Join Australia's most dynamic and respected property investment community

Distributions from family trust to non loan party adults

Discussion in 'Property Finance' started by Marty McDonald, 29th Jan, 2016.

  1. Marty McDonald

    Marty McDonald Mortgage broker

    Joined:
    22nd Jun, 2015
    Posts:
    228
    Location:
    Sydney North Shore and Norther beaches
    Hey ho fellow brokers,

    This one has me stumped. Self employed clients with business run through a discretionary family trust. The trustee is a company with sole director and shareholder the husband. The trustee distributes net business profit to the beneficiaries who are the husband and wife plus a couple of adult family members not currently working and who are not a party to the proposed loans.

    Now the issue is all the lenders I have spoken with so far (CBA, ANZ, Macq, AMP & Suncorp) as expected will only consider the distributions to the husband and wife even though the husband as sole director of the trustee gets to decide where distributions get paid to. Its one of those things isn't it? I can see both sides of the argument here.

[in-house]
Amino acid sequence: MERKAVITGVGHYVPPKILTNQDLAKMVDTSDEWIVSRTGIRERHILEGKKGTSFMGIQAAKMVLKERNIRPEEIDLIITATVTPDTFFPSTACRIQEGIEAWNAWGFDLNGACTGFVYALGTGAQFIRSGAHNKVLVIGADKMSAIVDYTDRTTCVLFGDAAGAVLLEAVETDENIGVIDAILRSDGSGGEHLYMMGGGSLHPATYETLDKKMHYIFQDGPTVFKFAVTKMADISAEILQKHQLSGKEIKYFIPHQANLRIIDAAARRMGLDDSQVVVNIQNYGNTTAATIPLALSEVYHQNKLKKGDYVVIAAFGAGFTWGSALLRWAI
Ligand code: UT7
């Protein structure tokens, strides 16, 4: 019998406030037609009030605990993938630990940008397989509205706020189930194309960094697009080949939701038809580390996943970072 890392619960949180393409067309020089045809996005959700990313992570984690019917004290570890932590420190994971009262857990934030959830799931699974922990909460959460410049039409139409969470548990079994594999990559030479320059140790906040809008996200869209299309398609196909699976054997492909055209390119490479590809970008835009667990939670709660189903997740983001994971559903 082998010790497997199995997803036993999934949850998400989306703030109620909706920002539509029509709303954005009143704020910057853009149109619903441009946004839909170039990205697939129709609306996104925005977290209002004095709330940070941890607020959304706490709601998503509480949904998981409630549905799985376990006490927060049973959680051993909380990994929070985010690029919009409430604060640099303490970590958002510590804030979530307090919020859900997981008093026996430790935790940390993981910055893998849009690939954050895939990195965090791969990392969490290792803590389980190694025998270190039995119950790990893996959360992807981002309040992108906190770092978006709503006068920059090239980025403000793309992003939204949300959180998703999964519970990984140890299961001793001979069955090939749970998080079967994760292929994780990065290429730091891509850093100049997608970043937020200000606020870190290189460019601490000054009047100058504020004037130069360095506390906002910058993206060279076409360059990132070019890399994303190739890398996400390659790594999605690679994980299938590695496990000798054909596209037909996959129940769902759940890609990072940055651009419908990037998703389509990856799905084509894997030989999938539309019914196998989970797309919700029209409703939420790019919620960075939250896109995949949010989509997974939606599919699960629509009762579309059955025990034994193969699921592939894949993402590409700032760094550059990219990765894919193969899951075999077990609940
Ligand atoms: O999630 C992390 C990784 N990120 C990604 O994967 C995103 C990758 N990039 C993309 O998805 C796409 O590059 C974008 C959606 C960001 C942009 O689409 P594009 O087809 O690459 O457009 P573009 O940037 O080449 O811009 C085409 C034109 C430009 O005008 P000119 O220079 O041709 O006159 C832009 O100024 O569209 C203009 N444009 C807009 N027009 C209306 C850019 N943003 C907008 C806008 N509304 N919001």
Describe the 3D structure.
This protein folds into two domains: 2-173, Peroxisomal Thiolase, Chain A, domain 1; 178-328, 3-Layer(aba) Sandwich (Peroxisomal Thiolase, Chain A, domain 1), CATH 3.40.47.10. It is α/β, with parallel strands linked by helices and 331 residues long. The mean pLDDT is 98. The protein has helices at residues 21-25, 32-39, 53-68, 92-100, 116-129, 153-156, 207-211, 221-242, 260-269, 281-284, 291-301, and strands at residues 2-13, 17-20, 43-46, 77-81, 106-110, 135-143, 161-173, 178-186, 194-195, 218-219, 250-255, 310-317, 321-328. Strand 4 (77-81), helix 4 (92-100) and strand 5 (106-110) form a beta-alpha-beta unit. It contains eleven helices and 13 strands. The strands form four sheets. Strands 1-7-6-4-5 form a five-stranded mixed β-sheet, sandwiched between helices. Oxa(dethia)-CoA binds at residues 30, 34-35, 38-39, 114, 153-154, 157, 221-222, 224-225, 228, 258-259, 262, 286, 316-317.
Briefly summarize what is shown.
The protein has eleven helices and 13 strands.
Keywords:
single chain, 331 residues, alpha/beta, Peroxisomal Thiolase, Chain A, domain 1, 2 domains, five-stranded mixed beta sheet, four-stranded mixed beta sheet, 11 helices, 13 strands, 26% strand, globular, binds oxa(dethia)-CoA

Any of you legends know if any lender will consider the full business profits ie ignore the fact that the past distributions weren't 100% paid to the husband and wife ??
     
  2. Terry_w

    Terry_w Solicitor, Finance Broker, CTA Business Member

    Joined:
    18th Jun, 2015
    Posts:
    8,970
    Location:
    Sydney
    Its like paying staff through a company - still a business expense so I think all lenders will go on the previous 2 year history and not take payments to others into account as income of the trust or family involved.
     
  3. Shahin_Afarin

    Shahin_Afarin Residential and Commercial Broker Business Member

    Joined:
    18th Jun, 2015
    Posts: